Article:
Exercise, especially walking, running, bike riding and the like, are a great way to increase the heart rate and blood flow, and improve health in general. When heart specialists use this same idea to evaluate heart function during strenuous activity, it’s called a cardiac stress test.
People may not have any signs or symptoms of heart disease when their hearts are at rest. But when the heart works harder during exercise, it needs more blood and oxygen. A cardiac stress test uses exercise to help diagnose heart disorders that are easier to find when the heart is under stress, or working harder. A cardiac stress test is a simple, noninvasive way to determine if a patient needs further diagnostic procedures or immediate therapeutic procedures.
Since heart doctors can’t follow people around outside while they exercise, they bring patients into dedicated stress test labs where they can replicate the experience. Stress tests include an EKG (electrocardiogram) that measures and records the heart rate and the strength and timing of electrical signals that pass through the heart as it beats. Your blood pressure and breathing will also be measured and monitored during the test.
If a stress test has been recommended for you, learn more about what to expect so you can feel prepared and relaxed throughout the process.
Reasons for a Stress Test
People may not have any signs or symptoms of heart disease when their hearts are at rest. But when the heart works harder during exercise, it needs more blood and oxygen. Coronary heart disease develops when plaque, a fatty substance made of cholesterol and other material in the blood, builds up in coronary arteries. Plaque narrows the arteries and reduces blood flow to the heart. This also increases the risk of blood clots forming in the arteries.
Narrow arteries can't carry enough blood to keep the heart working well. That’s why some symptoms of heart disease become obvious during exercise. Stress tests are used to:
- Determine a patient’s risk for heart attack or other heart conditions
- Determine the safe level of exercise for an individual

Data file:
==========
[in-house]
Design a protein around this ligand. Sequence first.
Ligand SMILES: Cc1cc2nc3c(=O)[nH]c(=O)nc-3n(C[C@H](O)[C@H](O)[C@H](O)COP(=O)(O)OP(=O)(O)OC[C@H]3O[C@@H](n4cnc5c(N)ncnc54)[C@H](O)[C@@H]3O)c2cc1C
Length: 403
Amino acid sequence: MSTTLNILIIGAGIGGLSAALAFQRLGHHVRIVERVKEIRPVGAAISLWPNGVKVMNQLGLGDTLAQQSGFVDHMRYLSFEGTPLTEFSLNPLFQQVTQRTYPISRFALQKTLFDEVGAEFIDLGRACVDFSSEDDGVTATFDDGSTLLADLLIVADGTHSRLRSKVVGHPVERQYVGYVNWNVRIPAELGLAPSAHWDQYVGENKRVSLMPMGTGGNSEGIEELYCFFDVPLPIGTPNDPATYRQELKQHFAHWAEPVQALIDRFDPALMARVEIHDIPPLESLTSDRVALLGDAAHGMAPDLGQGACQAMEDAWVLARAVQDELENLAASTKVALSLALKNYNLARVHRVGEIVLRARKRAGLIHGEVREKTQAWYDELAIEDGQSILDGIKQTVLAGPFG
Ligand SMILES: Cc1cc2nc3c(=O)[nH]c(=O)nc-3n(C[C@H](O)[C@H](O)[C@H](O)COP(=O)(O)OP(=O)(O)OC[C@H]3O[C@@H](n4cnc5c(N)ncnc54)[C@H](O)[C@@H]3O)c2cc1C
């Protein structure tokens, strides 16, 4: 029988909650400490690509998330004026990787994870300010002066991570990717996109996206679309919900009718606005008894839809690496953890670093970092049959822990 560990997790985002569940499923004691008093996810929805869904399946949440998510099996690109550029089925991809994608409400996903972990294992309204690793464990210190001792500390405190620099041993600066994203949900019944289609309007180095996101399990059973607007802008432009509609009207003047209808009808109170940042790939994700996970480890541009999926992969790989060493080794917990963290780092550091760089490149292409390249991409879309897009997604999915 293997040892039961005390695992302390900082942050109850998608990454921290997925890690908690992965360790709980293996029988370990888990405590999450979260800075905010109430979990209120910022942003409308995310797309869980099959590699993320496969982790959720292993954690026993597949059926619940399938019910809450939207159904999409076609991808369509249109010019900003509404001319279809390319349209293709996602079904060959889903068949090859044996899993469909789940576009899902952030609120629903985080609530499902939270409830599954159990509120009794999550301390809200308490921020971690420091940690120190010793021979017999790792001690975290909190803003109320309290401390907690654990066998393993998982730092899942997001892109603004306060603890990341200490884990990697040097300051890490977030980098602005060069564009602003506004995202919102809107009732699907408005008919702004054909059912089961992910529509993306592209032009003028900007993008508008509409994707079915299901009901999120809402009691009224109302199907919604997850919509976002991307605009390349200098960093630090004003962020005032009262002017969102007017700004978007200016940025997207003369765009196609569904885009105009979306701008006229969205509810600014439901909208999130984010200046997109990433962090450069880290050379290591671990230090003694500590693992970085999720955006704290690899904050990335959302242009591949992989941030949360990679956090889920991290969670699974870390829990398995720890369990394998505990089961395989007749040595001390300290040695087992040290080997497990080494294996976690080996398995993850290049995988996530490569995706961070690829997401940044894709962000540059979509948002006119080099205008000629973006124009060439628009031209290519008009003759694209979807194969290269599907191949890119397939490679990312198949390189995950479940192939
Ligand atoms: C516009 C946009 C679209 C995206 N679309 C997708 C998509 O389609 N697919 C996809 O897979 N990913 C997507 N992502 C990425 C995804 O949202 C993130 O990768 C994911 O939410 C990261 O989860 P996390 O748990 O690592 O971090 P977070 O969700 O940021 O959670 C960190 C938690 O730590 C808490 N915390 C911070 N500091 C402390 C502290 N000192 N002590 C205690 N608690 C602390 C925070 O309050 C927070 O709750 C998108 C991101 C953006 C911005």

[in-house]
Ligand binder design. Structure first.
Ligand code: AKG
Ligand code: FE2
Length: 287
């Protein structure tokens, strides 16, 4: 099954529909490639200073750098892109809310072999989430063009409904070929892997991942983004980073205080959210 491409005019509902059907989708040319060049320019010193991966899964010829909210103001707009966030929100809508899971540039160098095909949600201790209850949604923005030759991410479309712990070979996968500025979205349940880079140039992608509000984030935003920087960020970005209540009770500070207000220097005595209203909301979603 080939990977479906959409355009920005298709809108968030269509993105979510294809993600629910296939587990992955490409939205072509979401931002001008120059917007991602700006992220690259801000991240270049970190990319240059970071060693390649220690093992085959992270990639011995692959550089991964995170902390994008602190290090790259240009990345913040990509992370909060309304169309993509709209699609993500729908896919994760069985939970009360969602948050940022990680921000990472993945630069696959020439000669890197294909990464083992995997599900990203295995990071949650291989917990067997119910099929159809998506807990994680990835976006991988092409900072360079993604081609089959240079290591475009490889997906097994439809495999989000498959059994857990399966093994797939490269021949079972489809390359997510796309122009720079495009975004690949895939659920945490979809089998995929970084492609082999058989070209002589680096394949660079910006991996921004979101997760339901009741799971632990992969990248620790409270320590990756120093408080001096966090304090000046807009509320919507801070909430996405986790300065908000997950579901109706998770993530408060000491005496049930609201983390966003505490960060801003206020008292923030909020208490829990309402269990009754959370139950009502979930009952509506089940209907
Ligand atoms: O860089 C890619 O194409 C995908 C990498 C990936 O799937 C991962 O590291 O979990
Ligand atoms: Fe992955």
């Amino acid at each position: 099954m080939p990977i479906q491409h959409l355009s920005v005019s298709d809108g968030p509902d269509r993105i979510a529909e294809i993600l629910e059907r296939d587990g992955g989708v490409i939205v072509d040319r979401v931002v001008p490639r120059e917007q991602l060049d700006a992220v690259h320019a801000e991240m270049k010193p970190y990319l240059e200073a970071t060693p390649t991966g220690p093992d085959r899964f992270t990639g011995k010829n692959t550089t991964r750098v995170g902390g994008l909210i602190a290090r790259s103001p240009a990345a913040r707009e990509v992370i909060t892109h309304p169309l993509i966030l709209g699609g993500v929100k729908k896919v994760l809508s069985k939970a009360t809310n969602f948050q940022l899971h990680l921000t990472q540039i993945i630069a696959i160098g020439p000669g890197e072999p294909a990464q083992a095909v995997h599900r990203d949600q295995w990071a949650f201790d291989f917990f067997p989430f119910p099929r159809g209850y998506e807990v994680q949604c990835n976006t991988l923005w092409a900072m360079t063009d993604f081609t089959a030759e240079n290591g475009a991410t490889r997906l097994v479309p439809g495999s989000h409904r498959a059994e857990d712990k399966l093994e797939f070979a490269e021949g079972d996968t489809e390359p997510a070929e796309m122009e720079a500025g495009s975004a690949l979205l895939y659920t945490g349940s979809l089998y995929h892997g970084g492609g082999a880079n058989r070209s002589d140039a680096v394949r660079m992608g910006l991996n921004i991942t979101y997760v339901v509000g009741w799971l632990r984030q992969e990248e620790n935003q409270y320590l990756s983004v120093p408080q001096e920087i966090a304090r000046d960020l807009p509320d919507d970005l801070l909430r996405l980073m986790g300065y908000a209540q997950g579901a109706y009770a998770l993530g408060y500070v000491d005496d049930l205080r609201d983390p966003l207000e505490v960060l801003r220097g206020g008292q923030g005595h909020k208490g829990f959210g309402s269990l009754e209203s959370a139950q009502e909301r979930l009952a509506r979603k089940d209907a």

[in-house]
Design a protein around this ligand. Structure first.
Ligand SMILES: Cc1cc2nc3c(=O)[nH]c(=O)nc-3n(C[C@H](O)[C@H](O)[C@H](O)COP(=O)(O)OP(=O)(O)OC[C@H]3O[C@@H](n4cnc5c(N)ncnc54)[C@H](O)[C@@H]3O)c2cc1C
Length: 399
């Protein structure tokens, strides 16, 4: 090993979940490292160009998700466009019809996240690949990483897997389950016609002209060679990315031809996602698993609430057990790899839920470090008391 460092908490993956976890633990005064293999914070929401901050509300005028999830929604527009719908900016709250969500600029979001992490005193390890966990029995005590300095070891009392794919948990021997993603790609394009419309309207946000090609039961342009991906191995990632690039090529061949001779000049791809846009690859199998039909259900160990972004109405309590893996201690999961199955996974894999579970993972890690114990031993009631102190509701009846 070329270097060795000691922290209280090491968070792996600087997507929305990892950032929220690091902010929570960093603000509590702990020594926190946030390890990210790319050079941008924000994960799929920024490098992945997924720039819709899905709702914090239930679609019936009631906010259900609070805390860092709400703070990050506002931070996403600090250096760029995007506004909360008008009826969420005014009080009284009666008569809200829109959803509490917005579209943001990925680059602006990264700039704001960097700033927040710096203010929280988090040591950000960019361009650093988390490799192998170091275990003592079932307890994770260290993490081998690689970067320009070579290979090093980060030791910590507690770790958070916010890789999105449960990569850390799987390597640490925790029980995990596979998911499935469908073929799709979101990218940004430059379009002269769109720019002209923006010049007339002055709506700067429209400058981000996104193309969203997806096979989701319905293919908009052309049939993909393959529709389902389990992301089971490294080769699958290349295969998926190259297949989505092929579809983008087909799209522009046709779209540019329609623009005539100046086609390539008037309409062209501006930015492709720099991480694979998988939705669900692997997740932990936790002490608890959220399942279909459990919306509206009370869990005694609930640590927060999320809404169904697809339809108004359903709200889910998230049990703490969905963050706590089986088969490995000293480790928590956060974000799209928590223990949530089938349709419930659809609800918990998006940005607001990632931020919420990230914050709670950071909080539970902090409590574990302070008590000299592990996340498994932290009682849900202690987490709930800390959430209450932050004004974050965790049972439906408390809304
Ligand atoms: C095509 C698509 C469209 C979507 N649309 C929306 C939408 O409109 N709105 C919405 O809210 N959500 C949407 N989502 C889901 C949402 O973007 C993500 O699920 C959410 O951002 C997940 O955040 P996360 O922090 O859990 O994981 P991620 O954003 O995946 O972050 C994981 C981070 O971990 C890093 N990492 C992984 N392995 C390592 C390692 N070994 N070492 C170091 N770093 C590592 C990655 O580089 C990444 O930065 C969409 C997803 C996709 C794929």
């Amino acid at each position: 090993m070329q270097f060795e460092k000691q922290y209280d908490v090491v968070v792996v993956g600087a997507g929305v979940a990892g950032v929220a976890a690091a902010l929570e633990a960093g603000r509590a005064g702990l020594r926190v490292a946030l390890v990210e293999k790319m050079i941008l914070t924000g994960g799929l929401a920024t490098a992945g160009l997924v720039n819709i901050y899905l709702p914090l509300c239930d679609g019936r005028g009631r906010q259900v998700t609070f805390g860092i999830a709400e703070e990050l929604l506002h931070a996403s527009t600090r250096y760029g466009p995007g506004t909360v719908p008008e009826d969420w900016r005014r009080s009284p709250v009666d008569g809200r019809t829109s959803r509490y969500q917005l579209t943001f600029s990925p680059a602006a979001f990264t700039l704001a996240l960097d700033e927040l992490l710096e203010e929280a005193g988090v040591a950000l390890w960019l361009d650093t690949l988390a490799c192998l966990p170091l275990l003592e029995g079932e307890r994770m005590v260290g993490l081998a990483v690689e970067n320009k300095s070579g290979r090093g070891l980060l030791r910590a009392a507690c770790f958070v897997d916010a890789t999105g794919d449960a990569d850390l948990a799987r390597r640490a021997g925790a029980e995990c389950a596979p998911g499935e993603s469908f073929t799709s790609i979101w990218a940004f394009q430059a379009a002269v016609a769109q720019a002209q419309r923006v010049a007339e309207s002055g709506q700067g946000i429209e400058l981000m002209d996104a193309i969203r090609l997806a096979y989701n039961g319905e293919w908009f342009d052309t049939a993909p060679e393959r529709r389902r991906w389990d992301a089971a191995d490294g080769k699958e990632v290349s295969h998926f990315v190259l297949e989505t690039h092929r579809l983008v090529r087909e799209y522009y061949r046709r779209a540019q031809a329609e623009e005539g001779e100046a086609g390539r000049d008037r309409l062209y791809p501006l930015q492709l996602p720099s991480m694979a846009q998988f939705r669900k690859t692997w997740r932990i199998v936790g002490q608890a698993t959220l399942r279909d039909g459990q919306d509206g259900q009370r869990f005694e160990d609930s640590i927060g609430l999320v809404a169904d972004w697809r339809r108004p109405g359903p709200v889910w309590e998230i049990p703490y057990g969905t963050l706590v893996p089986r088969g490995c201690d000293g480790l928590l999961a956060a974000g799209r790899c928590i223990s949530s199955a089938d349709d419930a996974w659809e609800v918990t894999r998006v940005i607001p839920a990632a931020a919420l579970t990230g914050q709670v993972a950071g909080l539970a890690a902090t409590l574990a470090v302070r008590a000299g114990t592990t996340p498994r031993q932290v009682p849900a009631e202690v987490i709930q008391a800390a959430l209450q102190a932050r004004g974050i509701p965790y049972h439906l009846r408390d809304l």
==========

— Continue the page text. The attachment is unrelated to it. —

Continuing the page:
- Diagnose arrhythmia (irregular heartbeat) and coronary artery disease
- Evaluate treatment effectiveness in heart patients
Who Needs a Stress Test?
A stress test can benefit anyone with symptoms of reduced heart blood flow, including:
- Angina, chest pain or discomfort caused by poor heart blood flow
- Irregular heartbeat (arrhythmia)
- Rapid heartbeat (tachycardia)
- Shortness of breath
Others who can benefit from a stress test include those who:
- Had a heart attack
- Have increased risk for heart disease
- Had recent heart surgery
- Want to start an exercise program
There are three types of stress tests: exercise stress tests, nuclear stress tests, and stress echocardiograms. Depending on their condition, patients may have one or a combination of stress tests.
Before a Stress Test
You will receive instructions about diet and medications before the test. They may need to avoid eating or drinking anything except water. This may include not drinking coffee or any caffeinated drinks. Also, some over-the-counter or prescription medications can interfere with test results. If you have diabetes, for example, you will receive instructions about adjusting your medications prior to having a stress test. And patients who use an asthma inhaler should bring it to the stress test and tell the doctor about it.
What to Expect During a Stress Test
Doctors can do a stress test in the office, outpatient clinic or hospital. There are several different types of stress tests, but they all include exercising on a treadmill or stationary bicycle — starting slowly and then gradually increasing speed. These tests include exercise stress tests, nuclear imaging stress test and stress electrocardiograms.
It’s important to stop the test early if you have any symptoms including:
- Abnormal heart rhythm
- Abnormally low or high blood pressure
- Extreme shortness of breath
- Moderate to severe chest pain